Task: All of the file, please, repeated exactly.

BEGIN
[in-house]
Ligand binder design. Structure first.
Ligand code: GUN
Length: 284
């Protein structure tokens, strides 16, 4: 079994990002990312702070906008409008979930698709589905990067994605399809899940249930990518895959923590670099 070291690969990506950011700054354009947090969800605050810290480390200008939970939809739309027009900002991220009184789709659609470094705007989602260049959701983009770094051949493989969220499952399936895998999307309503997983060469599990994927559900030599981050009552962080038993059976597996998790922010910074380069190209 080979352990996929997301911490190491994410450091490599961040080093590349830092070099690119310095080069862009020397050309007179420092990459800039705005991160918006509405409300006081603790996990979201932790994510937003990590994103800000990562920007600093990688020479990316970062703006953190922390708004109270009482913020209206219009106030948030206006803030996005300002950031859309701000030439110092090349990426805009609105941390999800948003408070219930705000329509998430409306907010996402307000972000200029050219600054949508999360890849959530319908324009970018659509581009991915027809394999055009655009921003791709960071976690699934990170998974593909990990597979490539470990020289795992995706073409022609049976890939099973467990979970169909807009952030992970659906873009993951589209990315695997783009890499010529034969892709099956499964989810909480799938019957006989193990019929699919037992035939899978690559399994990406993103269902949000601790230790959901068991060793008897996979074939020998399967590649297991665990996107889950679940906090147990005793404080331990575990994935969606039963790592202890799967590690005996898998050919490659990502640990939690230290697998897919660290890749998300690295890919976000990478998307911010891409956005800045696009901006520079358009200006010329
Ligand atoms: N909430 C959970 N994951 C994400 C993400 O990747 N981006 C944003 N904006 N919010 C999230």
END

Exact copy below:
[in-house]
Ligand binder design. Structure first.
Ligand code: GUN
Length: 284
């Protein structure tokens, strides 16, 4: 079994990002990312702070906008409008979930698709589905990067994605399809899940249930990518895959923590670099 070291690969990506950011700054354009947090969800605050810290480390200008939970939809739309027009900002991220009184789709659609470094705007989602260049959701983009770094051949493989969220499952399936895998999307309503997983060469599990994927559900030599981050009552962080038993059976597996998790922010910074380069190209 080979352990996929997301911490190491994410450091490599961040080093590349830092070099690119310095080069862009020397050309007179420092990459800039705005991160918006509405409300006081603790996990979201932790994510937003990590994103800000990562920007600093990688020479990316970062703006953190922390708004109270009482913020209206219009106030948030206006803030996005300002950031859309701000030439110092090349990426805009609105941390999800948003408070219930705000329509998430409306907010996402307000972000200029050219600054949508999360890849959530319908324009970018659509581009991915027809394999055009655009921003791709960071976690699934990170998974593909990990597979490539470990020289795992995706073409022609049976890939099973467990979970169909807009952030992970659906873009993951589209990315695997783009890499010529034969892709099956499964989810909480799938019957006989193990019929699919037992035939899978690559399994990406993103269902949000601790230790959901068991060793008897996979074939020998399967590649297991665990996107889950679940906090147990005793404080331990575990994935969606039963790592202890799967590690005996898998050919490659990502640990939690230290697998897919660290890749998300690295890919976000990478998307911010891409956005800045696009901006520079358009200006010329
Ligand atoms: N909430 C959970 N994951 C994400 C993400 O990747 N981006 C944003 N904006 N919010 C999230």